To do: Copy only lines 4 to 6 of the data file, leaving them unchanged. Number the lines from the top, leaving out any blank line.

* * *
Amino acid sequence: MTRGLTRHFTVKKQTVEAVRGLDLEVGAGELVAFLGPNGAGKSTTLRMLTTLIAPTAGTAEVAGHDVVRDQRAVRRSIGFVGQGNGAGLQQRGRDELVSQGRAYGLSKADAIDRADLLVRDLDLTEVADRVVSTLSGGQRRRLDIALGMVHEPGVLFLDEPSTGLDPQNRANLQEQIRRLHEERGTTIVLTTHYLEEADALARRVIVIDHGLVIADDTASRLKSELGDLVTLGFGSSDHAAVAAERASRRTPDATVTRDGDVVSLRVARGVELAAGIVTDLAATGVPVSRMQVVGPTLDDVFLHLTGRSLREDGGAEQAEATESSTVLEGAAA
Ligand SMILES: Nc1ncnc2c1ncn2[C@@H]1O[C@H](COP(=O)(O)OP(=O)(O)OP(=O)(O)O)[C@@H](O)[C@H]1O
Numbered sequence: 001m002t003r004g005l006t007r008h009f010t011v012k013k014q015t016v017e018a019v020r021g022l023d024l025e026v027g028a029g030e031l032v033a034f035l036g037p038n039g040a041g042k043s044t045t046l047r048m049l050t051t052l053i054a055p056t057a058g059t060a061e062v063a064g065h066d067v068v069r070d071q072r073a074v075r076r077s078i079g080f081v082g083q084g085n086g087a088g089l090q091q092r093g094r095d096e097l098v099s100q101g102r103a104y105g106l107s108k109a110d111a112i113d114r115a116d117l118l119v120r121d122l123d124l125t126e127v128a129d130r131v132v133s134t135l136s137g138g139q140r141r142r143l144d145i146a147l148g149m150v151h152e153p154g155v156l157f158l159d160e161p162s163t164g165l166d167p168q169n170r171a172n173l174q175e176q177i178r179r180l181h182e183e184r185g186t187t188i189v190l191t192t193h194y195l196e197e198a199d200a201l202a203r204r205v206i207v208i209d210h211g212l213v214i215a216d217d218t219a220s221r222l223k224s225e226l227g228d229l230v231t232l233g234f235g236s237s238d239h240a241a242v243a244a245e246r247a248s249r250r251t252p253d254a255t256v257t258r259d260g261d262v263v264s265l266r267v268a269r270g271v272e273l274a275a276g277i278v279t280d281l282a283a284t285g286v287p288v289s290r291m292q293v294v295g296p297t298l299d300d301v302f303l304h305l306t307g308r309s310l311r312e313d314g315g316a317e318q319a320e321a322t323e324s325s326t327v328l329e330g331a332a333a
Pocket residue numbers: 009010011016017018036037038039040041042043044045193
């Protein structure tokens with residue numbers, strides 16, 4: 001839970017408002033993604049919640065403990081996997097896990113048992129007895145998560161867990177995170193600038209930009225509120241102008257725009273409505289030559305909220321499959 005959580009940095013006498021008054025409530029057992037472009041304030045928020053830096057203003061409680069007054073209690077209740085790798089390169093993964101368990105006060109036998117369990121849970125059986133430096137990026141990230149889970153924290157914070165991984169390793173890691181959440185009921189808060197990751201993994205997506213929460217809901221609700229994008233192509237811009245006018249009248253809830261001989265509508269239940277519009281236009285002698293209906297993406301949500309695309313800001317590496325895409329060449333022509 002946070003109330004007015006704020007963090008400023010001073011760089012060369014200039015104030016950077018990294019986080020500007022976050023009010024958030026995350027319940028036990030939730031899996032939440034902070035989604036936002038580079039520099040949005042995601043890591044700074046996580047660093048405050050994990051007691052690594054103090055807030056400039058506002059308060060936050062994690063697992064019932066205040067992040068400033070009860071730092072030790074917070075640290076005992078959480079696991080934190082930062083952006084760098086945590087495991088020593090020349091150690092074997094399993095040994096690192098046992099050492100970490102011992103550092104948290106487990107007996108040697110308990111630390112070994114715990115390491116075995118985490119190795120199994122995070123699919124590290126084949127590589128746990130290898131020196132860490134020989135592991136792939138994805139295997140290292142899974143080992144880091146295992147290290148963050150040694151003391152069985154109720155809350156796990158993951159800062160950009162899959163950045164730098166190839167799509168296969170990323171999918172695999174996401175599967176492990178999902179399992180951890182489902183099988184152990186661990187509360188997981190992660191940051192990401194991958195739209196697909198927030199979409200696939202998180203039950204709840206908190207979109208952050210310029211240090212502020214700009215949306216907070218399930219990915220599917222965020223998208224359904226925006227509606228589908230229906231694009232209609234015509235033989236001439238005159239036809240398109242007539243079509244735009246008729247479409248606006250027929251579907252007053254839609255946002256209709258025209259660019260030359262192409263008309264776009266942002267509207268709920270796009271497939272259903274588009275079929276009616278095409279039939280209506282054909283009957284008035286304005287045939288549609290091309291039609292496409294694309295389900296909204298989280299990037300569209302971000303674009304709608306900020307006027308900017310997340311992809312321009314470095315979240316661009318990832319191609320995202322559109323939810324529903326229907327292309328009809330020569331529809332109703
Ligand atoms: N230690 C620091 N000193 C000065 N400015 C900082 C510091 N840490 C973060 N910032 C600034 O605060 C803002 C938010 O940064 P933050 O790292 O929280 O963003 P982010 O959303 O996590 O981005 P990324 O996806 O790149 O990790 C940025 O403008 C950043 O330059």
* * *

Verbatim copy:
Pocket residue numbers: 009010011016017018036037038039040041042043044045193
């Protein structure tokens with residue numbers, strides 16, 4: 001839970017408002033993604049919640065403990081996997097896990113048992129007895145998560161867990177995170193600038209930009225509120241102008257725009273409505289030559305909220321499959 005959580009940095013006498021008054025409530029057992037472009041304030045928020053830096057203003061409680069007054073209690077209740085790798089390169093993964101368990105006060109036998117369990121849970125059986133430096137990026141990230149889970153924290157914070165991984169390793173890691181959440185009921189808060197990751201993994205997506213929460217809901221609700229994008233192509237811009245006018249009248253809830261001989265509508269239940277519009281236009285002698293209906297993406301949500309695309313800001317590496325895409329060449333022509 002946070003109330004007015006704020007963090008400023010001073011760089012060369014200039015104030016950077018990294019986080020500007022976050023009010024958030026995350027319940028036990030939730031899996032939440034902070035989604036936002038580079039520099040949005042995601043890591044700074046996580047660093048405050050994990051007691052690594054103090055807030056400039058506002059308060060936050062994690063697992064019932066205040067992040068400033070009860071730092072030790074917070075640290076005992078959480079696991080934190082930062083952006084760098086945590087495991088020593090020349091150690092074997094399993095040994096690192098046992099050492100970490102011992103550092104948290106487990107007996108040697110308990111630390112070994114715990115390491116075995118985490119190795120199994122995070123699919124590290126084949127590589128746990130290898131020196132860490134020989135592991136792939138994805139295997140290292142899974143080992144880091146295992147290290148963050150040694151003391152069985154109720155809350156796990158993951159800062160950009162899959163950045164730098166190839167799509168296969170990323171999918172695999174996401175599967176492990178999902179399992180951890182489902183099988184152990186661990187509360188997981190992660191940051192990401194991958195739209196697909198927030199979409200696939202998180203039950204709840206908190207979109208952050210310029211240090212502020214700009215949306216907070218399930219990915220599917222965020223998208224359904226925006227509606228589908230229906231694009232209609234015509235033989236001439238005159239036809240398109242007539243079509244735009246008729247479409248606006250027929251579907252007053254839609255946002256209709258025209259660019260030359262192409263008309264776009266942002267509207268709920270796009271497939272259903274588009275079929276009616278095409279039939280209506282054909283009957284008035286304005287045939288549609290091309291039609292496409294694309295389900296909204298989280299990037300569209302971000303674009304709608306900020307006027308900017310997340311992809312321009314470095315979240316661009318990832319191609320995202322559109323939810324529903326229907327292309328009809330020569331529809332109703
Ligand atoms: N230690 C620091 N000193 C000065 N400015 C900082 C510091 N840490 C973060 N910032 C600034 O605060 C803002 C938010 O940064 P933050 O790292 O929280 O963003 P982010 O959303 O996590 O981005 P990324 O996806 O790149 O990790 C940025 O403008 C950043 O330059």